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Learning through Play

Boy playing with sandWe love seeing children play!

Play is so essential to children’s healthy development that the United Nations declared that every child in the world should have the right to play.

Helping little ones play well by themselves and with others is key to their developmental success.

The importance of play

slinkyWhen children play, they practice skills they will need later in life. Playing promotes the development of attention, memory and self-control. Through play, children refine their gross and fine motor skills (being able to run, jump, paint, draw) using their large and small muscles. They also practice important problem solving and communication skills for interacting with others.

Making the most of play

play bricksHow can we help children get the most benefit out of play?

  • Make sure your child has time to play every day in an interesting, safe environment.
  • Use home-made toys—a cardboard box, pans from the kitchen, or old hats and scarves.
  • Let your child take the lead when she is playing. Watch what she is doing and talk about what you see, “You are building a big tower. It looks like you are going to add another block.” She will be excited that you are interested in what she is doing.
  • Ask questions to help your child expand on his play. “Hmmm, the block didn’t fit there, where else could you try?”
  • Spend time outdoors playing and exploring nature. Children who play outdoors regularly tend to do better in school, stay healthier, and be more creative and confident than peers without this opportunity.
  • Uninterrupted play helps children develop their ability to play on their own, to control their emotions, and encourages an interest in learning.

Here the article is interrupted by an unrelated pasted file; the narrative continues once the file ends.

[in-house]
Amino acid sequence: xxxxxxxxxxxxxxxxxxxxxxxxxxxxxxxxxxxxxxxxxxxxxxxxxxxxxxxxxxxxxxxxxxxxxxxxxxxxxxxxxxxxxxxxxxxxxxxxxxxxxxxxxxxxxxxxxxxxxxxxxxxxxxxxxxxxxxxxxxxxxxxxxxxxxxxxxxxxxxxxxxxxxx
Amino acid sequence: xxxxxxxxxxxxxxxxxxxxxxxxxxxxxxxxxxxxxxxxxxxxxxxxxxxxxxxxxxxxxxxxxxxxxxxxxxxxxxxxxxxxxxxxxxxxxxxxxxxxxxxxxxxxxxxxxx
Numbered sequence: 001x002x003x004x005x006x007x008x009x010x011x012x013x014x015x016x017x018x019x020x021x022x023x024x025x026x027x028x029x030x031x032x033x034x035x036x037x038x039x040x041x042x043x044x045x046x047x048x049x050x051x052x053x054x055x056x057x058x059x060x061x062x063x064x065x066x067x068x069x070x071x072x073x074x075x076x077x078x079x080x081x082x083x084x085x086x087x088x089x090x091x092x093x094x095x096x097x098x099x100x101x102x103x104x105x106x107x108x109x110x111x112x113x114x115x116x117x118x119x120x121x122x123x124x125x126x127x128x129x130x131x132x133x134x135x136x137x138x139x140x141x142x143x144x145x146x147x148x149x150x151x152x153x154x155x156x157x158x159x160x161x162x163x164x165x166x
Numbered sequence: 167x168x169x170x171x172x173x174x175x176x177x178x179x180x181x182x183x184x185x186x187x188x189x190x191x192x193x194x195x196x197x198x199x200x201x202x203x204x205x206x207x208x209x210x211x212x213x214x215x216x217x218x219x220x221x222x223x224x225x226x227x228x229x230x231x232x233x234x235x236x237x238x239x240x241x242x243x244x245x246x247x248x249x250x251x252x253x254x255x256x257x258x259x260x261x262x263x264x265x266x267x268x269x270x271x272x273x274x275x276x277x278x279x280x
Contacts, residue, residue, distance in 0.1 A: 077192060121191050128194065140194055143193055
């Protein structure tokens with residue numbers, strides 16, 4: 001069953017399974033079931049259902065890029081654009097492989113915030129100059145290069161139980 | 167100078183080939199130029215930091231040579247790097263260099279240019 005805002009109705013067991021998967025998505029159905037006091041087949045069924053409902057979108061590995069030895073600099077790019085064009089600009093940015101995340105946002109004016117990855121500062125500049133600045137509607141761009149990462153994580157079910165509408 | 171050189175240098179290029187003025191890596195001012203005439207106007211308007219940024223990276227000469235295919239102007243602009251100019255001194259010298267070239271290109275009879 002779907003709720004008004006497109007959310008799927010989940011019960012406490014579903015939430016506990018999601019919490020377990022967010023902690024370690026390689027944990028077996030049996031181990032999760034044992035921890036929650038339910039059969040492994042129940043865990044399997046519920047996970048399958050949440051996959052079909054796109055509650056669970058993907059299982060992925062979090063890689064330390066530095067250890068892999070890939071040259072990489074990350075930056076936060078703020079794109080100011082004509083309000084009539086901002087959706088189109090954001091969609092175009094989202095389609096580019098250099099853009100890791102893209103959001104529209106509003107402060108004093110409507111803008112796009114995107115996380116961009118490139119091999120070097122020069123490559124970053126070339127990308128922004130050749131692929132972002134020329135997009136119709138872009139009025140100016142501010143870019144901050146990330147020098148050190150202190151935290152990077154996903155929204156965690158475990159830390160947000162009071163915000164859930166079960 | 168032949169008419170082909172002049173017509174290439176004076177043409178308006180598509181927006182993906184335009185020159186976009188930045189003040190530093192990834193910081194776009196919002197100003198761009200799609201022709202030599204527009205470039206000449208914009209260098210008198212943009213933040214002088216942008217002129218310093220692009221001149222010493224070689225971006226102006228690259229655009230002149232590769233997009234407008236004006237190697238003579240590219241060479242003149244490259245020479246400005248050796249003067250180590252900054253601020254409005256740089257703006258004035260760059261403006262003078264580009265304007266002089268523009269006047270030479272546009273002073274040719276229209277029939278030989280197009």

Playing with you

Tea dishesNothing influences your child more than a play relationship with you. When you play with your little one consistently (even for five minutes per day) a strong parent-child relationship develops.

Playing well with others

pin wheelUntil about the age of two, children are more interested in playing beside each other than with each other. They also do not yet understand the concept of sharing, so it is important not to force young children to share. That said, there are ways that you can begin to encourage good play behavior.

  • Model generosity and sharing with others in your own life and play “sharing games” where the child can practice taking turns with you and learn to trust that they will get the toy they share back again.
  • Praise good play behavior when you see it, “That was very thoughtful of you. I really liked how you let Rosa have a turn.”
  • Coach your child on how to handle the frustrations of playing with others. Encourage your child to use her words (if she is speaking) or come to you if she is upset rather than hitting or biting.
  • Play creates great opportunities for talking to children about emotions and developing empathy and problem solving skills. (“Liam looks sad. Do you see his face? He is frowning. I think he feels sad you took his toy.”)
  • When you have expectations, let your child know what you expect. For example, “I’m going to be using the phone, please play with your toys here next to me while I finish.” With an older child, you might say “We are going to the park, you can play with all the kids but stay where I can see you and you can see me.”

How to play with your child

watering canStart play as early as possible. Even newborns enjoy it when you play with them by making silly faces or mirroring their facial expressions and sounds. Follow your child’s lead and join in his play. You will create great memories that will last forever and help your child when he is playing by himself and with others.

Dr. David Anglada-Figueroa is a clinical psychologist with a passion for families and children and a spokesperson for First 5 Sonoma County. First 5 encourages parents to Read, Talk, and Play every day with their babies. For more information, visit first5sonomacounty.organd